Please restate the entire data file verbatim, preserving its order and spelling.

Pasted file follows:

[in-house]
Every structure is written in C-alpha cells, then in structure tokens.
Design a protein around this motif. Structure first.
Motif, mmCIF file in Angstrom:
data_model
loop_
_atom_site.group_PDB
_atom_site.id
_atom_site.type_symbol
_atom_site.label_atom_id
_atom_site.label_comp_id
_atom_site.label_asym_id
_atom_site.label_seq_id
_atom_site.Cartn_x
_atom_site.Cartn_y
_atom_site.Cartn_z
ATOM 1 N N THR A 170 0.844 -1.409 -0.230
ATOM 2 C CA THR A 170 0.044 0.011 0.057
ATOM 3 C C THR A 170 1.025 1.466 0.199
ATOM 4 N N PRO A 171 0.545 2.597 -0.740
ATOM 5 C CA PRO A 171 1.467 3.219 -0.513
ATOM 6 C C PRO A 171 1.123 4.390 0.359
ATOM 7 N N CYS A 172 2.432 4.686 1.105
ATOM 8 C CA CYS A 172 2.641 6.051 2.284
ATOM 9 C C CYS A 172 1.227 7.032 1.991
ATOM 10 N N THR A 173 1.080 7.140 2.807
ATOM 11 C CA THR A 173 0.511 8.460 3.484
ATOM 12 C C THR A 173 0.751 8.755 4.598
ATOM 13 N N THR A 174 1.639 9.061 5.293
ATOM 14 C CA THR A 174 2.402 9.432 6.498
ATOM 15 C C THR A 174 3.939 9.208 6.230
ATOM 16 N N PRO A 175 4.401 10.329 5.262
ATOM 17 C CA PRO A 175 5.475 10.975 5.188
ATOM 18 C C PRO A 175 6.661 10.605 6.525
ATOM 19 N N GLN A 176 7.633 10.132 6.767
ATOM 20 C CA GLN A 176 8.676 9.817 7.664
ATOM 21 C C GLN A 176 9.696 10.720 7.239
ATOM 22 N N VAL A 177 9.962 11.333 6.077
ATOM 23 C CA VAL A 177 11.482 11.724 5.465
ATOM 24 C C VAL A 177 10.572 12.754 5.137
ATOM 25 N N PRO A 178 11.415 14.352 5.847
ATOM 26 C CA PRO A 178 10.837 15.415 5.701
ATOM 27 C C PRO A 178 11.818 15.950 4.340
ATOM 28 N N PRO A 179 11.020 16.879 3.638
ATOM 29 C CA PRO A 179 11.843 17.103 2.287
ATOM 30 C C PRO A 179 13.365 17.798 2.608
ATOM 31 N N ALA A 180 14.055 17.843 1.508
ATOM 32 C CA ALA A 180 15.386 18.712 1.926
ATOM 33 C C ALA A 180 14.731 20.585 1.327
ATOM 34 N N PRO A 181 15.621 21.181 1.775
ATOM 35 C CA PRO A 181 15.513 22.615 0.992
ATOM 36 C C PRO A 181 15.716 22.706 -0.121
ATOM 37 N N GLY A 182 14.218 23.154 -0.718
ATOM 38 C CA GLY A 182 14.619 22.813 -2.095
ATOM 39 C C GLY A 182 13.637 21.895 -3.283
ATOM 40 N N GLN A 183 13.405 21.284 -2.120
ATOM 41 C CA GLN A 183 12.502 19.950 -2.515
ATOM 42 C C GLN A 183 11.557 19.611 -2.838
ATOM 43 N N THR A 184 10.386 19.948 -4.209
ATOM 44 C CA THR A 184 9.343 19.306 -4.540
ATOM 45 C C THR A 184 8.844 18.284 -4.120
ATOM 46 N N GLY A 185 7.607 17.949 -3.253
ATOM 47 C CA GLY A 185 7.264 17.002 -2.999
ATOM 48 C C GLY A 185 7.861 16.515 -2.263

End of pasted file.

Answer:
[in-house]
Every structure is written in C-alpha cells, then in structure tokens.
Design a protein around this motif. Structure first.
Motif, mmCIF file in Angstrom:
data_model
loop_
_atom_site.group_PDB
_atom_site.id
_atom_site.type_symbol
_atom_site.label_atom_id
_atom_site.label_comp_id
_atom_site.label_asym_id
_atom_site.label_seq_id
_atom_site.Cartn_x
_atom_site.Cartn_y
_atom_site.Cartn_z
ATOM 1 N N THR A 170 0.844 -1.409 -0.230
ATOM 2 C CA THR A 170 0.044 0.011 0.057
ATOM 3 C C THR A 170 1.025 1.466 0.199
ATOM 4 N N PRO A 171 0.545 2.597 -0.740
ATOM 5 C CA PRO A 171 1.467 3.219 -0.513
ATOM 6 C C PRO A 171 1.123 4.390 0.359
ATOM 7 N N CYS A 172 2.432 4.686 1.105
ATOM 8 C CA CYS A 172 2.641 6.051 2.284
ATOM 9 C C CYS A 172 1.227 7.032 1.991
ATOM 10 N N THR A 173 1.080 7.140 2.807
ATOM 11 C CA THR A 173 0.511 8.460 3.484
ATOM 12 C C THR A 173 0.751 8.755 4.598
ATOM 13 N N THR A 174 1.639 9.061 5.293
ATOM 14 C CA THR A 174 2.402 9.432 6.498
ATOM 15 C C THR A 174 3.939 9.208 6.230
ATOM 16 N N PRO A 175 4.401 10.329 5.262
ATOM 17 C CA PRO A 175 5.475 10.975 5.188
ATOM 18 C C PRO A 175 6.661 10.605 6.525
ATOM 19 N N GLN A 176 7.633 10.132 6.767
ATOM 20 C CA GLN A 176 8.676 9.817 7.664
ATOM 21 C C GLN A 176 9.696 10.720 7.239
ATOM 22 N N VAL A 177 9.962 11.333 6.077
ATOM 23 C CA VAL A 177 11.482 11.724 5.465
ATOM 24 C C VAL A 177 10.572 12.754 5.137
ATOM 25 N N PRO A 178 11.415 14.352 5.847
ATOM 26 C CA PRO A 178 10.837 15.415 5.701
ATOM 27 C C PRO A 178 11.818 15.950 4.340
ATOM 28 N N PRO A 179 11.020 16.879 3.638
ATOM 29 C CA PRO A 179 11.843 17.103 2.287
ATOM 30 C C PRO A 179 13.365 17.798 2.608
ATOM 31 N N ALA A 180 14.055 17.843 1.508
ATOM 32 C CA ALA A 180 15.386 18.712 1.926
ATOM 33 C C ALA A 180 14.731 20.585 1.327
ATOM 34 N N PRO A 181 15.621 21.181 1.775
ATOM 35 C CA PRO A 181 15.513 22.615 0.992
ATOM 36 C C PRO A 181 15.716 22.706 -0.121
ATOM 37 N N GLY A 182 14.218 23.154 -0.718
ATOM 38 C CA GLY A 182 14.619 22.813 -2.095
ATOM 39 C C GLY A 182 13.637 21.895 -3.283
ATOM 40 N N GLN A 183 13.405 21.284 -2.120
ATOM 41 C CA GLN A 183 12.502 19.950 -2.515
ATOM 42 C C GLN A 183 11.557 19.611 -2.838
ATOM 43 N N THR A 184 10.386 19.948 -4.209
ATOM 44 C CA THR A 184 9.343 19.306 -4.540
ATOM 45 C C THR A 184 8.844 18.284 -4.120
ATOM 46 N N GLY A 185 7.607 17.949 -3.253
ATOM 47 C CA GLY A 185 7.264 17.002 -2.999
ATOM 48 C C GLY A 185 7.861 16.515 -2.263